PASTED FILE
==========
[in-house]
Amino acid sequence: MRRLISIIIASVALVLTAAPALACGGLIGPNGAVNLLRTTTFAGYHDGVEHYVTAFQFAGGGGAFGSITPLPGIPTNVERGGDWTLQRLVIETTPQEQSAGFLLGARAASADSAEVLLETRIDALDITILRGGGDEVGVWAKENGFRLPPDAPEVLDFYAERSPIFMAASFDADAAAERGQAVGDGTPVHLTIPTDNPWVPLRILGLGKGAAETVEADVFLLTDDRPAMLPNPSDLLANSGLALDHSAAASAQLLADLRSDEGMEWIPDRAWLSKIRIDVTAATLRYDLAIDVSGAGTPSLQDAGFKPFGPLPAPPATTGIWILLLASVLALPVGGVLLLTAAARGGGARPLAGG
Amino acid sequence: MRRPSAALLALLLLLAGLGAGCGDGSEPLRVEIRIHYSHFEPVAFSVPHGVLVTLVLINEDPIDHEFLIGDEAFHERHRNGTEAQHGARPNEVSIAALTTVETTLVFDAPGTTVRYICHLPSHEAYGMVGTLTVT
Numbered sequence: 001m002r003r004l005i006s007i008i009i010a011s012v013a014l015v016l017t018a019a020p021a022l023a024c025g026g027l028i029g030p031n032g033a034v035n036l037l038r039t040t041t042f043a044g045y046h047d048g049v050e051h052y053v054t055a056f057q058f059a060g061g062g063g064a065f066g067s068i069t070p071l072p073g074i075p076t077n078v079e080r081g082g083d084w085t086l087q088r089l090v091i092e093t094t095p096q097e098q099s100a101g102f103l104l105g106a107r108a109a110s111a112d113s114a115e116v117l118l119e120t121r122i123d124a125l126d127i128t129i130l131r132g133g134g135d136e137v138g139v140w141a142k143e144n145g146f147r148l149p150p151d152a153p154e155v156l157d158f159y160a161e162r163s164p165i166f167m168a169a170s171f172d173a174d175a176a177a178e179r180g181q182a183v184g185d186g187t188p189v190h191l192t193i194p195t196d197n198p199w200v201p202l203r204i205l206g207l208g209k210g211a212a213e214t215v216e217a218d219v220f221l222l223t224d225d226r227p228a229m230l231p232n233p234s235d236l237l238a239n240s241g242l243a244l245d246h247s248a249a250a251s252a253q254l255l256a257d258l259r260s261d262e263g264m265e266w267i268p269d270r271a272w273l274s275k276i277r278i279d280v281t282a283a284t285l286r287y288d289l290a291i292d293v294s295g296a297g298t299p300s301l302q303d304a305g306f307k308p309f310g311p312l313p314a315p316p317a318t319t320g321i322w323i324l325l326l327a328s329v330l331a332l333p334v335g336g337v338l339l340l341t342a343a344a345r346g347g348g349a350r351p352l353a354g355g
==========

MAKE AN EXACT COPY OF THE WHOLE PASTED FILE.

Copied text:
[in-house]
Amino acid sequence: MRRLISIIIASVALVLTAAPALACGGLIGPNGAVNLLRTTTFAGYHDGVEHYVTAFQFAGGGGAFGSITPLPGIPTNVERGGDWTLQRLVIETTPQEQSAGFLLGARAASADSAEVLLETRIDALDITILRGGGDEVGVWAKENGFRLPPDAPEVLDFYAERSPIFMAASFDADAAAERGQAVGDGTPVHLTIPTDNPWVPLRILGLGKGAAETVEADVFLLTDDRPAMLPNPSDLLANSGLALDHSAAASAQLLADLRSDEGMEWIPDRAWLSKIRIDVTAATLRYDLAIDVSGAGTPSLQDAGFKPFGPLPAPPATTGIWILLLASVLALPVGGVLLLTAAARGGGARPLAGG
Amino acid sequence: MRRPSAALLALLLLLAGLGAGCGDGSEPLRVEIRIHYSHFEPVAFSVPHGVLVTLVLINEDPIDHEFLIGDEAFHERHRNGTEAQHGARPNEVSIAALTTVETTLVFDAPGTTVRYICHLPSHEAYGMVGTLTVT
Numbered sequence: 001m002r003r004l005i006s007i008i009i010a011s012v013a014l015v016l017t018a019a020p021a022l023a024c025g026g027l028i029g030p031n032g033a034v035n036l037l038r039t040t041t042f043a044g045y046h047d048g049v050e051h052y053v054t055a056f057q058f059a060g061g062g063g064a065f066g067s068i069t070p071l072p073g074i075p076t077n078v079e080r081g082g083d084w085t086l087q088r089l090v091i092e093t094t095p096q097e098q099s100a101g102f103l104l105g106a107r108a109a110s111a112d113s114a115e116v117l118l119e120t121r122i123d124a125l126d127i128t129i130l131r132g133g134g135d136e137v138g139v140w141a142k143e144n145g146f147r148l149p150p151d152a153p154e155v156l157d158f159y160a161e162r163s164p165i166f167m168a169a170s171f172d173a174d175a176a177a178e179r180g181q182a183v184g185d186g187t188p189v190h191l192t193i194p195t196d197n198p199w200v201p202l203r204i205l206g207l208g209k210g211a212a213e214t215v216e217a218d219v220f221l222l223t224d225d226r227p228a229m230l231p232n233p234s235d236l237l238a239n240s241g242l243a244l245d246h247s248a249a250a251s252a253q254l255l256a257d258l259r260s261d262e263g264m265e266w267i268p269d270r271a272w273l274s275k276i277r278i279d280v281t282a283a284t285l286r287y288d289l290a291i292d293v294s295g296a297g298t299p300s301l302q303d304a305g306f307k308p309f310g311p312l313p314a315p316p317a318t319t320g321i322w323i324l325l326l327a328s329v330l331a332l333p334v335g336g337v338l339l340l341t342a343a344a345r346g347g348g349a350r351p352l353a354g355g